Monte Carlo is the ubiquitous little beast of burden in Bayesian statistics. Val points to the article by Nick Metropolis “The Beginning of the Monte Carlo Method.” Los Alamos Science, No. 15, p. 125, 1987 about his years at Los Alamos (1943-1999) with Stan Ulam, Dick Feynman, Enrico Fermi and others. Some excerpts:
Among the attendees was Stan Ulam, who had rejoined the Laboratory after a brief time on the mathematics faculty at the University of Southern California. Ulam’s personality would stand out in any community, even where “characters” abounded. His was an informal nature; he would drop in casually, without the usual amenities. He preferred to chat, more or less at leisure, rather than to dissertate. Topics would range over mathematics, physics, world events, local news, games of chance, quotes from the classics—all treated somewhat episodically but always with a meaningful point. His was a mind ready to provide a critical link.
During his wartime stint at the Laboratory, Stan had become aware of the electromechanical computers used for implosion studies, so he was duly impressed, along with many other scientists, by the speed and versatility of the ENIAC. In addition, however, Stan’s extensive mathematical background made him aware that statistical sampling techniques had fallen into desuetude because of the length and tediousness of the calculations. But with this miraculous development of the ENIAC—along with the applications Stan must have been pondering—it occurred to him that statistical techniques should be resuscitated, and he discussed this idea with von Neumann. Thus was triggered the spark that led to the Monte Carlo method.
The spirit of this method was consistent with Stan’s interest in random processes—from the simple to the sublime. He relaxed playing solitaire; he was stimulated by playing poker; he would cite the times he drove into a filled parking lot at the same moment someone was accommodatingly leaving. More seriously, he created the concept of “lucky numbers,” whose distribution was much like that of prime numbers; he was intrigued by the theory of branching processes and contributed much to its development, including its application during the war to neutron multiplication in fission devices. For a long time his collection of research interests included pattern development in two-dimensional games played according to very simple rules. Such work has lately emerged as a cottage industry known as cellular automata.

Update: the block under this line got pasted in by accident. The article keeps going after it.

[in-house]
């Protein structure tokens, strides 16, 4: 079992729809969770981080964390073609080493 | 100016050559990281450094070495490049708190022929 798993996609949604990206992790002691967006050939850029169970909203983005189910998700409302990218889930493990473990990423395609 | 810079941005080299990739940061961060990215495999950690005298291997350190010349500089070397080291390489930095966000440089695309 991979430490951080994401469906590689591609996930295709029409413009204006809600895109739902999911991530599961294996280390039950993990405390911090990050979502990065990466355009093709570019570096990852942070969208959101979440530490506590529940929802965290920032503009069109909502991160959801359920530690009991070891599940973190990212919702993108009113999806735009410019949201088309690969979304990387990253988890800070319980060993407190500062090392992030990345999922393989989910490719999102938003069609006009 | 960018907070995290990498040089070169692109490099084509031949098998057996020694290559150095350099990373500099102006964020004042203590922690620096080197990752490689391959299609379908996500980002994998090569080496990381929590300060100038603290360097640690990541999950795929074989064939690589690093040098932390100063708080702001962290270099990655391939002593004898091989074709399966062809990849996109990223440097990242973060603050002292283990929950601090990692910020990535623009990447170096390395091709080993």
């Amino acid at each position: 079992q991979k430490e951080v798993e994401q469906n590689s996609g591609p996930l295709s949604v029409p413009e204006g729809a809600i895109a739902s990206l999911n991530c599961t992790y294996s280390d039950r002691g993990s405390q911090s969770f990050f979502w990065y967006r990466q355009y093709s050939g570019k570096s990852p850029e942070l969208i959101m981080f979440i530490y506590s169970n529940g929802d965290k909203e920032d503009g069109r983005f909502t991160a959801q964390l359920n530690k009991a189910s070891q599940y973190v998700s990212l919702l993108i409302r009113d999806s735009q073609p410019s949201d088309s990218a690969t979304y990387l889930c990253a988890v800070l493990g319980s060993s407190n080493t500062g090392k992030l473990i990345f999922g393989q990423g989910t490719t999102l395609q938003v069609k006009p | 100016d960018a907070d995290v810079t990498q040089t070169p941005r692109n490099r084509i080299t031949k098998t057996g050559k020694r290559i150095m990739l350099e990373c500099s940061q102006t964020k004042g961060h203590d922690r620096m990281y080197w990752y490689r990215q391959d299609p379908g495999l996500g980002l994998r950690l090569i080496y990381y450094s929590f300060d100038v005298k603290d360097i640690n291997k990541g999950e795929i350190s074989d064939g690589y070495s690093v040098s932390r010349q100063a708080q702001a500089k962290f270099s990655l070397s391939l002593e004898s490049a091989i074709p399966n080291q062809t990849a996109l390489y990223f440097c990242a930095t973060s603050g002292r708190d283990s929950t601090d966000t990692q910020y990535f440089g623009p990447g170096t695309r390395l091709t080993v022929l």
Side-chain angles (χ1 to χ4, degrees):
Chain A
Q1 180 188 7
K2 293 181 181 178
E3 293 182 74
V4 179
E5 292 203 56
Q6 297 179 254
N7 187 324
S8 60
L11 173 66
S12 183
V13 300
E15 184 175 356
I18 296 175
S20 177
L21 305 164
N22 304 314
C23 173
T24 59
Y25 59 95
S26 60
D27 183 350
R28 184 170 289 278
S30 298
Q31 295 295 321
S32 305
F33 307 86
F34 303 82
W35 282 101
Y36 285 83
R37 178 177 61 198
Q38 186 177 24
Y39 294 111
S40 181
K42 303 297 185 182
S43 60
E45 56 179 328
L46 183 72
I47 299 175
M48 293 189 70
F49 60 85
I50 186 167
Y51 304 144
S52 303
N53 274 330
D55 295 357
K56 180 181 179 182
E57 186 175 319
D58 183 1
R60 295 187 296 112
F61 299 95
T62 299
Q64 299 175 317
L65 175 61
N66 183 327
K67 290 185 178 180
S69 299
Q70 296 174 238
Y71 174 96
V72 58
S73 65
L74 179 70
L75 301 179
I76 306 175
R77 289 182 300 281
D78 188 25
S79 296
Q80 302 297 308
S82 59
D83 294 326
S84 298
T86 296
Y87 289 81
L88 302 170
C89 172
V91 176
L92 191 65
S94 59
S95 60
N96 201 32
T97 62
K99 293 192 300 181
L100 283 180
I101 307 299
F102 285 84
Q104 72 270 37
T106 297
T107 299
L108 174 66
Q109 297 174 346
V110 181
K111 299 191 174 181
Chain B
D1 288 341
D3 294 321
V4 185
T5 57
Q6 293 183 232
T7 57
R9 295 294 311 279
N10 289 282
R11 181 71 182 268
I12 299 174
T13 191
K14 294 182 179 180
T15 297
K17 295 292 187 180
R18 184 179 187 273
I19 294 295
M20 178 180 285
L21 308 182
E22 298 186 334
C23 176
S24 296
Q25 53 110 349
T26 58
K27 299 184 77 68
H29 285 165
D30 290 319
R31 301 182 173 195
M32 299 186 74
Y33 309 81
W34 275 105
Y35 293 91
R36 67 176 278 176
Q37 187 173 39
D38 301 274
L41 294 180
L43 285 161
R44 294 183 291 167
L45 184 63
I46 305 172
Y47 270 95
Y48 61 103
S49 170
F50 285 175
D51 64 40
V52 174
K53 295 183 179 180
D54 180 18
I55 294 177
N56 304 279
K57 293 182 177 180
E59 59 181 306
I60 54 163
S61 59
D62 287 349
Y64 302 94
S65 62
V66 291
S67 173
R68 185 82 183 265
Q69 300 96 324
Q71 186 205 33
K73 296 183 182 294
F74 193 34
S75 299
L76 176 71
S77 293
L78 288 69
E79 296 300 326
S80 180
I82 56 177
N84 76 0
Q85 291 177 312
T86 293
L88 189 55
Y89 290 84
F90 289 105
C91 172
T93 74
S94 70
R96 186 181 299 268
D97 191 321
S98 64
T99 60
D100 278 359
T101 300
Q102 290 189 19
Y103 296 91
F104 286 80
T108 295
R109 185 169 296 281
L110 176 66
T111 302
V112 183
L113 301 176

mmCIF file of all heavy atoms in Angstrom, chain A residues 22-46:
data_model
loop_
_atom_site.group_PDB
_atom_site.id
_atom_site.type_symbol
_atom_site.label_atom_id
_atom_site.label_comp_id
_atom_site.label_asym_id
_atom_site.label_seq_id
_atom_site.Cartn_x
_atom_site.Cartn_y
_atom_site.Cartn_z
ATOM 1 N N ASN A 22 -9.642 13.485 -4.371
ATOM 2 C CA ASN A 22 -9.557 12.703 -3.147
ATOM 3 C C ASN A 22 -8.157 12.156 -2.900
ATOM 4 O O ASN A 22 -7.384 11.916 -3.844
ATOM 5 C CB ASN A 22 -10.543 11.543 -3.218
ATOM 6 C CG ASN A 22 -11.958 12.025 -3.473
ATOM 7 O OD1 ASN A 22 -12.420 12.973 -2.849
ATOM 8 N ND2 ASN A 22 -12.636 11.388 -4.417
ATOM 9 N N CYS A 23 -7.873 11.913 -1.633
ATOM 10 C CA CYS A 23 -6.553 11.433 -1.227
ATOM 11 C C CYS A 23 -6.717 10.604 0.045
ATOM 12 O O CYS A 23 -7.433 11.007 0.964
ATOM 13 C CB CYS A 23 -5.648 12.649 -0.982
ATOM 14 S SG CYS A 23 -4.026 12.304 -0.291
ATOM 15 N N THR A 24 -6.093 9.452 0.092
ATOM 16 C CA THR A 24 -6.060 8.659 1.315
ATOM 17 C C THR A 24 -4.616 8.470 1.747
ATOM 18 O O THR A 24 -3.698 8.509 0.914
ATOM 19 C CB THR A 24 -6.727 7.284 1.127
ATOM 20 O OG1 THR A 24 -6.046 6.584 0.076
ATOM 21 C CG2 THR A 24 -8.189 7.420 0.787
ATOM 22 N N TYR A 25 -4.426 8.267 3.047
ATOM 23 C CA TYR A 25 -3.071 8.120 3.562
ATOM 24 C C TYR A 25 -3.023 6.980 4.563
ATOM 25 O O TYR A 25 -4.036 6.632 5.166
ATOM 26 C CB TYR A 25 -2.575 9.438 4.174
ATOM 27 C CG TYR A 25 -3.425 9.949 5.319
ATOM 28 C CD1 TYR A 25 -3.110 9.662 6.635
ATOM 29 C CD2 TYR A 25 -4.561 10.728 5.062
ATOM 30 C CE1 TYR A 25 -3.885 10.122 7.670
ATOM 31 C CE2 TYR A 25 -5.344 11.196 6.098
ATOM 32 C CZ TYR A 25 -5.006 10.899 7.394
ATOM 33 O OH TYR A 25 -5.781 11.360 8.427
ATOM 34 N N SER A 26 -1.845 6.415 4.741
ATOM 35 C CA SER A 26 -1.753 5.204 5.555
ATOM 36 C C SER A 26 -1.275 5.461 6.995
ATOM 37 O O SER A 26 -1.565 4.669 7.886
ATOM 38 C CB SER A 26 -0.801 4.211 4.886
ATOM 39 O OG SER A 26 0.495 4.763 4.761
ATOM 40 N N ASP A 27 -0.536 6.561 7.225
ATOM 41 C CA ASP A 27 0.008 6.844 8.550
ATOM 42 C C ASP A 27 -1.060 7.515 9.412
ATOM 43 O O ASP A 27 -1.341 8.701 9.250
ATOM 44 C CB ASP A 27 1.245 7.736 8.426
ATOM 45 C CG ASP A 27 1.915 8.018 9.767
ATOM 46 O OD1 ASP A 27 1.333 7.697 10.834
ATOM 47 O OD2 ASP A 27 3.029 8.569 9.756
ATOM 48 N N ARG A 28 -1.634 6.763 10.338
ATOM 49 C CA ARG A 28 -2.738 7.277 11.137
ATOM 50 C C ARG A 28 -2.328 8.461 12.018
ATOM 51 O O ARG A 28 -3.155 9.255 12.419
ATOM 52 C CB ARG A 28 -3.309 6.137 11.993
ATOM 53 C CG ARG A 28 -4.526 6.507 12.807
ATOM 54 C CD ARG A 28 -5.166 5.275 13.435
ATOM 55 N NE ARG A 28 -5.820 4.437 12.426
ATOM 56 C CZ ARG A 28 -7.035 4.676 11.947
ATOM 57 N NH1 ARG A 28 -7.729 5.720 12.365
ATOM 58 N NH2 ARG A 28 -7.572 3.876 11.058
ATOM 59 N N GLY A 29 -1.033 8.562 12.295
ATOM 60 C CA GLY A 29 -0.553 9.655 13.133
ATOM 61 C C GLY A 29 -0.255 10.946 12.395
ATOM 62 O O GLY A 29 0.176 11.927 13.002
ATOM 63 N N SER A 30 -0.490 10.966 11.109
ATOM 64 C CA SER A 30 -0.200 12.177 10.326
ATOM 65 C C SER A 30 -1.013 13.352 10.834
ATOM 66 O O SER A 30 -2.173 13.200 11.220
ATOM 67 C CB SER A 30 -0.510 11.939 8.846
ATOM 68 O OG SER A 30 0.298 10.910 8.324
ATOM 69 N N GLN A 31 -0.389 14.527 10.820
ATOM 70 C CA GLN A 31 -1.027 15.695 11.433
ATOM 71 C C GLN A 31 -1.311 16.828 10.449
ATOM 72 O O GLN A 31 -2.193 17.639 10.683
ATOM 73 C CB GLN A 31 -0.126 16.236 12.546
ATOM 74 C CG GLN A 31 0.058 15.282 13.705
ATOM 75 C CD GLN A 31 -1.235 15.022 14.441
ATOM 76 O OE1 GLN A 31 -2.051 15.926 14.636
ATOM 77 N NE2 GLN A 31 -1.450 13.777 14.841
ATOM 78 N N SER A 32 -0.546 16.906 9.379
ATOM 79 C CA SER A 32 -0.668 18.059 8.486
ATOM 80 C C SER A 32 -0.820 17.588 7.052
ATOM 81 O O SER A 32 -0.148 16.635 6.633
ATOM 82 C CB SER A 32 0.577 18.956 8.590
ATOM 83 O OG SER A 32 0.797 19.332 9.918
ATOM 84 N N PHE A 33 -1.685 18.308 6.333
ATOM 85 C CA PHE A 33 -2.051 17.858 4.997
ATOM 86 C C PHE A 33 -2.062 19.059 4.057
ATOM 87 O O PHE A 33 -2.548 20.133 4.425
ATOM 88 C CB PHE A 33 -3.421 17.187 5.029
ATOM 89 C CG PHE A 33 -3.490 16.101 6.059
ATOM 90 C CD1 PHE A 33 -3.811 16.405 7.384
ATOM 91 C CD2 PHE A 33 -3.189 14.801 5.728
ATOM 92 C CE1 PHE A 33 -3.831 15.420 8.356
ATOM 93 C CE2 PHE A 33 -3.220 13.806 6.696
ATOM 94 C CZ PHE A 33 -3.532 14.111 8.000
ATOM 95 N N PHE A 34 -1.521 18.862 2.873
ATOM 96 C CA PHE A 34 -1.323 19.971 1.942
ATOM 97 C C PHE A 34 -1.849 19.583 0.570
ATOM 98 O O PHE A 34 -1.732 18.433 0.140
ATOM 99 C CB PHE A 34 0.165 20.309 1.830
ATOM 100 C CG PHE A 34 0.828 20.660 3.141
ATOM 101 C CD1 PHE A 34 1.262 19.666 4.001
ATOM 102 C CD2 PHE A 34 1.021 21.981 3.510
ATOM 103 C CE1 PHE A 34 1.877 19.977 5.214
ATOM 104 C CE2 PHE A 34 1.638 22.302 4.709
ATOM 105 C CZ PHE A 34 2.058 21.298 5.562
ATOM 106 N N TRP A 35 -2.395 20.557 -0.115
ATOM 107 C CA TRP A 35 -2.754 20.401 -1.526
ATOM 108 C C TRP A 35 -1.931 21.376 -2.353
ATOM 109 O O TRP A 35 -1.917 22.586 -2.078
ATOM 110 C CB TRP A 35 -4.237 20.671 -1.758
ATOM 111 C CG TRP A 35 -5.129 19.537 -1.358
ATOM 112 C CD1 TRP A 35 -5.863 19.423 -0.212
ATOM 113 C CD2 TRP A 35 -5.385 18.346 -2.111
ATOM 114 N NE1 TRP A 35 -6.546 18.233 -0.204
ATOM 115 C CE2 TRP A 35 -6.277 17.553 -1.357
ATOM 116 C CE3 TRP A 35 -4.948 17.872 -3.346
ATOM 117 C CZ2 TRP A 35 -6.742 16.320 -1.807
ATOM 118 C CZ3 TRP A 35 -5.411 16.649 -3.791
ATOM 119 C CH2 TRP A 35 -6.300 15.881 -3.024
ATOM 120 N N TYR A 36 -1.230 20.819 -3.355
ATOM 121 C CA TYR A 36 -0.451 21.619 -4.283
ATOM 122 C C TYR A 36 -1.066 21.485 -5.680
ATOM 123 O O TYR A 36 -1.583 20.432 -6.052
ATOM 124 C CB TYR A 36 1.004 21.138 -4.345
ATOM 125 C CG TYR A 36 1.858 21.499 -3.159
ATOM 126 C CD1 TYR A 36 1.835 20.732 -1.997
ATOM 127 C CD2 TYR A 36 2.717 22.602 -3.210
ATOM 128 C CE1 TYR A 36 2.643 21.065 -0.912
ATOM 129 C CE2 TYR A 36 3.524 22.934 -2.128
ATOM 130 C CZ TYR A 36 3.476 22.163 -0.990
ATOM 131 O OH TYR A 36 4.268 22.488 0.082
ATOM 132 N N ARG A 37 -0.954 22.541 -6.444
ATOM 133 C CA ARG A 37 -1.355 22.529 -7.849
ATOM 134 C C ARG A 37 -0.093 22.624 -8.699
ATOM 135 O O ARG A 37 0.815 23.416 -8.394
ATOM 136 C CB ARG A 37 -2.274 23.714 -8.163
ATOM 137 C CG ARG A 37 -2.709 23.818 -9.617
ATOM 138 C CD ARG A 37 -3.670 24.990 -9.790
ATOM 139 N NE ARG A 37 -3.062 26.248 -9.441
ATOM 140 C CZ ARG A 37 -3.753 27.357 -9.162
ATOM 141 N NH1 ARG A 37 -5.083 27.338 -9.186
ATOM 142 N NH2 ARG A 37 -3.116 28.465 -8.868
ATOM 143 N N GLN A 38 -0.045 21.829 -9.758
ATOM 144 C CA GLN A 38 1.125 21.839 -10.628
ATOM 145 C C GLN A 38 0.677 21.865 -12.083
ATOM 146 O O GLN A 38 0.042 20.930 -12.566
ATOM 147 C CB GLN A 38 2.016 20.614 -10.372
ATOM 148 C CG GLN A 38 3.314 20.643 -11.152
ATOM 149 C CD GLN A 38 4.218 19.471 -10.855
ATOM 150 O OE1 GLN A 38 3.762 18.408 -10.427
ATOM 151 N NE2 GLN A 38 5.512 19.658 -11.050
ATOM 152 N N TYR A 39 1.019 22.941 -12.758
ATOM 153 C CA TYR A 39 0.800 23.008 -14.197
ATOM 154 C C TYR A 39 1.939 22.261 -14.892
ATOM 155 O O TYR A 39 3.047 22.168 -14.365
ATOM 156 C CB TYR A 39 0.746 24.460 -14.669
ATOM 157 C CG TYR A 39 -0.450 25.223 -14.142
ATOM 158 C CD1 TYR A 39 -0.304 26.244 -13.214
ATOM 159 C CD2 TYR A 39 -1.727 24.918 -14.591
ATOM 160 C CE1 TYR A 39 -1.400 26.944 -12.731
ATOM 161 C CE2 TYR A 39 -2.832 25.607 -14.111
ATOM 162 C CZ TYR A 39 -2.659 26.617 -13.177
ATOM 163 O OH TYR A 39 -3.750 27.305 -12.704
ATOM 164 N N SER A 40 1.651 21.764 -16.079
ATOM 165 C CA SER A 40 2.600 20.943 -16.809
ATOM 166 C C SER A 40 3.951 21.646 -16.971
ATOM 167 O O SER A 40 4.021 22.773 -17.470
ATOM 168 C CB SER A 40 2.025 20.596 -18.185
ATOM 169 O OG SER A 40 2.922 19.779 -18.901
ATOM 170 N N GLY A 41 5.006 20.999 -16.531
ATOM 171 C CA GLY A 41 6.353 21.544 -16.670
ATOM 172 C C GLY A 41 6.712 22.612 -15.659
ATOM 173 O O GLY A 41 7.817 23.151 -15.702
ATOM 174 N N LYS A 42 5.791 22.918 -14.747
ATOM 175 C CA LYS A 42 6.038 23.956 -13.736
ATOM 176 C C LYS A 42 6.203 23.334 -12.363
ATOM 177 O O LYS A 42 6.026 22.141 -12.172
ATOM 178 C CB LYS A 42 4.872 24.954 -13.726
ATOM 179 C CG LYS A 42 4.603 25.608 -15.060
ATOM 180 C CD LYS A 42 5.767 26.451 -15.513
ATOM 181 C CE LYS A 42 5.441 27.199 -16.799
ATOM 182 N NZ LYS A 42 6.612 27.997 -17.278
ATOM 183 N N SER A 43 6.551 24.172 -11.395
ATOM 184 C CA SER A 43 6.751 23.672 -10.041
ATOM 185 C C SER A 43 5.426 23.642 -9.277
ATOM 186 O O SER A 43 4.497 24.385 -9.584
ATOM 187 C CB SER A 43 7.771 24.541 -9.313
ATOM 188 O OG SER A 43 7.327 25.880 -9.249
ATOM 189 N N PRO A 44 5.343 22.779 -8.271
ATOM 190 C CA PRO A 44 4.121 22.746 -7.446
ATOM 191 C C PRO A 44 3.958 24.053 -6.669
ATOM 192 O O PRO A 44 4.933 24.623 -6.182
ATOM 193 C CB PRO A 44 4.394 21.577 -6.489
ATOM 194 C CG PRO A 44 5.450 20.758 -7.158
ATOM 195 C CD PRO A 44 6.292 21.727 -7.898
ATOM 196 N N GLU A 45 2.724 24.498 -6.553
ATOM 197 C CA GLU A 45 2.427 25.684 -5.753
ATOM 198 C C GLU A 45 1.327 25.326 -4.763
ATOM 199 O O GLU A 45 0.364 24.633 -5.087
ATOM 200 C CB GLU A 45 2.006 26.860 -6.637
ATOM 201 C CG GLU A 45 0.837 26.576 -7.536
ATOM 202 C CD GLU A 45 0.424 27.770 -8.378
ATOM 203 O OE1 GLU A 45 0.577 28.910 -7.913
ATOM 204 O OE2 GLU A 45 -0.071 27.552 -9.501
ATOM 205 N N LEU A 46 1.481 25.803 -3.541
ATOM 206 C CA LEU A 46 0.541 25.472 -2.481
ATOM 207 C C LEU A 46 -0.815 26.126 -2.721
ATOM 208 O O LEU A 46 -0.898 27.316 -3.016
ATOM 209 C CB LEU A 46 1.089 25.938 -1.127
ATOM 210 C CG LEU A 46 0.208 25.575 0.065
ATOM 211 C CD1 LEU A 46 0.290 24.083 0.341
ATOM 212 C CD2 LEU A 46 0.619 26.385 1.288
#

John von Neumann saw the relevance of Ulam’s suggestion and, on March 11, 1947, sent a handwritten letter to Robert Richtmyer, the Theoretical Division leader (see “Stan Ulam, John von Neumann, and the Monte Carlo Method”). His letter included a detailed outline of a possible statistical approach to solving the problem of neutron diffusion in fissionable material.
Johnny’s interest in the method was contagious and inspiring. His seemingly relaxed attitude belied an intense interest and a well-disguised impatient drive. His talents were so obvious and his cooperative spirit so stimulating that he garnered the interest of many of us. It was at that time that I suggested an obvious name for the statistical method—a suggestion not unrelated to the fact that Stan had an uncle who would borrow money from relatives because he “just had to go to Monte Carlo.” The name seems to have endured.
Enrico Fermi helped create modern physics. Here, we focus on his interest in neutron diffusion during those exciting times in Rome in the early thirties. According to Emilio Segre, Fermi’s student and collaborator, “Fermi had invented, but of course not named, the present Monte Carlo method when he was studying the moderation of neutrons in Rome. He did not publish anything on the subject, but he used the method to solve many problems with whatever calculating facilities he had, chiefly a small mechanical adding machine.”
In a recent conversation with Segre, I learned that Fermi took great delight in astonishing his Roman colleagues with his remarkably accurate, “too-good-to-believe” predictions of experimental results. After indulging himself, he revealed that his “guesses” were really derived from the statistical sampling techniques that he used to calculate with whenever insomnia struck in the wee morning hours! And so it was that nearly fifteen years earlier, Fermi had independently developed the Monte Carlo method.